Thursday, February 6, 2014

Book Review: The Martian by Andy Weir

When I read science fiction that isn't an epic space opera-type opus, I tend to enjoy the books that stay true to the roots of the genre - exploration, the vastness of space, first contact, and so on. The Martian was something that caught my eye because it was such a simple concept - an astronaut abandoned on Mars. What I didn't expect was for it to be one of my favorite recent science fiction reads.

The book is basically the story of one man, Mark Watney, who was left for dead on an expedition to Mars. He was presumed dead by his commander and crew, and they left during a particularly difficult sandstorm. When he came to, he was able to go to the staging area and begin working toward survival. Meanwhile, NASA is trying to figure out how to rescue him, he's trying to survive, and there's another Mars expedition happening in a few years, assuming our hero can last that long.

I loved this for a few reasons. One, it's really like an old school survival story set on Mars. It's reliant on all sorts of fun science fiction (and science fact, really) tropes as we live alongside our Martian refugee. The story is told mostly in journal entries from Mars, which allow a lot of levity and humor to go along with the proceedings. The NASA scenes, as well as the occasional communication, also lend themselves to a lot of fun and interesting exchanges. The book is also far from predictable. It's not a traditional narrative at all, and I really ended up guessing until the very end.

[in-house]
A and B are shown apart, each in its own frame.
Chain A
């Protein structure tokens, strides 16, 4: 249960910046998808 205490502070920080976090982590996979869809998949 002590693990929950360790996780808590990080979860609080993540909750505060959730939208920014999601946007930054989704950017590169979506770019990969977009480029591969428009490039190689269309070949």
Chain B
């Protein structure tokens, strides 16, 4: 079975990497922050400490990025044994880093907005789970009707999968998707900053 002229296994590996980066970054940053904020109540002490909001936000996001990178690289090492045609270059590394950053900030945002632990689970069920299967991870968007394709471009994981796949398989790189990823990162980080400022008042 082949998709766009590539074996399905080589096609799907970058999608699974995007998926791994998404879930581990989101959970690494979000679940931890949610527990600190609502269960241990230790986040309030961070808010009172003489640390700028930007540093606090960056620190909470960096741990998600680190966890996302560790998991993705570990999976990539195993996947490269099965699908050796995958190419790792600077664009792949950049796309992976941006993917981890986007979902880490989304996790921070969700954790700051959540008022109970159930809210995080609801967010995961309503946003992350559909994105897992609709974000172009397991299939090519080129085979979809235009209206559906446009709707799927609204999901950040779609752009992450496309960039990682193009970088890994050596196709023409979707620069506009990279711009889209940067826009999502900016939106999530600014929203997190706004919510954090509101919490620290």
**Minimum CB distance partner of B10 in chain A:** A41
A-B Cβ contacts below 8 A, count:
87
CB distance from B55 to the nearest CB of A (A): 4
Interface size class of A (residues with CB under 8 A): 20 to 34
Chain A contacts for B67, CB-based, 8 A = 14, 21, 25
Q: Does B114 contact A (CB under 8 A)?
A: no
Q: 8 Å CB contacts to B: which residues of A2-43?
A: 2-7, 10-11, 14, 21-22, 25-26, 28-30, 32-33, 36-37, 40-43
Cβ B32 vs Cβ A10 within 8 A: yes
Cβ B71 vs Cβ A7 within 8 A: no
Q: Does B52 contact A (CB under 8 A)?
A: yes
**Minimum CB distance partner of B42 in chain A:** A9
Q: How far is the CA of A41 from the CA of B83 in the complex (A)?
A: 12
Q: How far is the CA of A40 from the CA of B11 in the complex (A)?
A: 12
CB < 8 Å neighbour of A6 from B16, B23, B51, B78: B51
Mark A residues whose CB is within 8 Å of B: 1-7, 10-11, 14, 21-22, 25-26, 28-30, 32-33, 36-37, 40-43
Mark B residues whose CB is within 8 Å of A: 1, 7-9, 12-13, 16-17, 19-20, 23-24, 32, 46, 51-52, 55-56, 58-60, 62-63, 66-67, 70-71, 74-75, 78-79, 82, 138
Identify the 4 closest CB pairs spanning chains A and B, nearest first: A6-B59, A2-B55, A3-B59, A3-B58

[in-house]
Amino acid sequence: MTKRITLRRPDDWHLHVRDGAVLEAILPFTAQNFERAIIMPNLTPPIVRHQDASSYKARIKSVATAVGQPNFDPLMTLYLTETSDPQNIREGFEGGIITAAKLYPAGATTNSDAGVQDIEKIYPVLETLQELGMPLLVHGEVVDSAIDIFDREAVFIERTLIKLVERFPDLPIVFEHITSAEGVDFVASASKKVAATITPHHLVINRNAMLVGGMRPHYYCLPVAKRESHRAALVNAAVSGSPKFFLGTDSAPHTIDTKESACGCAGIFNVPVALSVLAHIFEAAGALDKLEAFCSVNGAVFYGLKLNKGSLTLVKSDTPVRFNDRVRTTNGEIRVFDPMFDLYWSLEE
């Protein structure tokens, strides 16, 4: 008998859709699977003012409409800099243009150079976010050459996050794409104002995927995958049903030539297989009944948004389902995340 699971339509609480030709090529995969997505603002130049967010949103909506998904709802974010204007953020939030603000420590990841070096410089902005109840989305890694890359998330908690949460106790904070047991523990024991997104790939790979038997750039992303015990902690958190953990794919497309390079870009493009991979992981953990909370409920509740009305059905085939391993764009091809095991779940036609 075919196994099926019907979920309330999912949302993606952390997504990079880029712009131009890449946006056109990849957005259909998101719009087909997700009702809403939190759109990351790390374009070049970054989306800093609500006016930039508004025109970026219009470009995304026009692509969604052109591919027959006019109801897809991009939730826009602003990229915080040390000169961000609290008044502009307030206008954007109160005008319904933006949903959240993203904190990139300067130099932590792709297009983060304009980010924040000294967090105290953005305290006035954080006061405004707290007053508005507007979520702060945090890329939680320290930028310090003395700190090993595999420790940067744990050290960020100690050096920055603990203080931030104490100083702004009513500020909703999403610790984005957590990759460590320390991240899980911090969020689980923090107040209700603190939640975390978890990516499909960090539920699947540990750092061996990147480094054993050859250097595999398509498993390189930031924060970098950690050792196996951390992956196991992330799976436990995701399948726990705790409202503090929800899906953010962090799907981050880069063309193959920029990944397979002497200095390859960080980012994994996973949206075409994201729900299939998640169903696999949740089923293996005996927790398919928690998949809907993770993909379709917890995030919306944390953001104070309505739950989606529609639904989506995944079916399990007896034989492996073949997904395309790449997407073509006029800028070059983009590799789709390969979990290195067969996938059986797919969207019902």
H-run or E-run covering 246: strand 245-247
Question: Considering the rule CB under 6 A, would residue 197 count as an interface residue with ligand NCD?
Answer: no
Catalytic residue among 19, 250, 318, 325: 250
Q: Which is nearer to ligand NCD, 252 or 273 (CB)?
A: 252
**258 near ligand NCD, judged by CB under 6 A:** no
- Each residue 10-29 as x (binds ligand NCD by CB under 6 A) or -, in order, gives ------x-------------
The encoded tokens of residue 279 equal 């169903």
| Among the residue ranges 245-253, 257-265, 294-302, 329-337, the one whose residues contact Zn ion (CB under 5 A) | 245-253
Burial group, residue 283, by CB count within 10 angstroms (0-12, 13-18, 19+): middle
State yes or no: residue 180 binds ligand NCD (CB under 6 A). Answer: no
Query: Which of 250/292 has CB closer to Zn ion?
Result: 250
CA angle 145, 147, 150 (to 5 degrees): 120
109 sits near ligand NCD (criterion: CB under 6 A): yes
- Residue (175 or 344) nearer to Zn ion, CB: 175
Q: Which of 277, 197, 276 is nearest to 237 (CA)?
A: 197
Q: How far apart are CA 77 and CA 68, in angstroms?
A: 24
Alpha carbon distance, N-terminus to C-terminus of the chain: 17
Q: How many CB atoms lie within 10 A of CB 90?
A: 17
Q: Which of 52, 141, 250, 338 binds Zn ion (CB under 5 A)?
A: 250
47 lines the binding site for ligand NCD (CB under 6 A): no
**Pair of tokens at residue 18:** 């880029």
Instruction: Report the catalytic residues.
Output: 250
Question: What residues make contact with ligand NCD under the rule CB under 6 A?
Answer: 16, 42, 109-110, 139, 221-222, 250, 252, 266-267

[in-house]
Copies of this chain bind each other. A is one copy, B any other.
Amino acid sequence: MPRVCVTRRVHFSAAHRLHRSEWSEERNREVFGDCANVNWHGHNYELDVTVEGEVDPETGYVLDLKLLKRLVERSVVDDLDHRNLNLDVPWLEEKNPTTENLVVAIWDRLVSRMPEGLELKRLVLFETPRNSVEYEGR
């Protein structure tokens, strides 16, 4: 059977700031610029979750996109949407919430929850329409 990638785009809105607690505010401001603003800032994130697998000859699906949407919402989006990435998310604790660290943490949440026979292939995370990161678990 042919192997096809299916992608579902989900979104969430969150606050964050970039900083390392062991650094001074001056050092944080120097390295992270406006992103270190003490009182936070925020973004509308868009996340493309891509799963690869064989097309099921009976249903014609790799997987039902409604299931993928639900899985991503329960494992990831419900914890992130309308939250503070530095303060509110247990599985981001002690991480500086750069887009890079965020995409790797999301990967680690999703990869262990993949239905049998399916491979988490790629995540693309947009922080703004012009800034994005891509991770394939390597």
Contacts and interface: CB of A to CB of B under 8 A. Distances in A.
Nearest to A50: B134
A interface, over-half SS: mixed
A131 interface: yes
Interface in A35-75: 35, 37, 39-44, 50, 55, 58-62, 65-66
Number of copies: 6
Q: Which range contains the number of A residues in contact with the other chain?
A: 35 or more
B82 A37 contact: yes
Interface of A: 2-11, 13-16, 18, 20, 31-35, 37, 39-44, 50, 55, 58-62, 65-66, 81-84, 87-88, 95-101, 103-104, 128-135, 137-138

The story isn't perfect, of course. The gravity of the situation is never fully portrayed, even though the book purposefully keeps things light. Watney is a bit of a wisecracker, which is what it is but also feels into that issue of seriousness. The story is also basically about Watney, but more attention to the NASA and exploration group may have been beneficial. None of these are really game changers, however, simply preferences.

Overall, a really excellent read that (I hope) gets a lot of attention. It deserves it, as it's a fun, rollicking read in a genre that can use this type of book.

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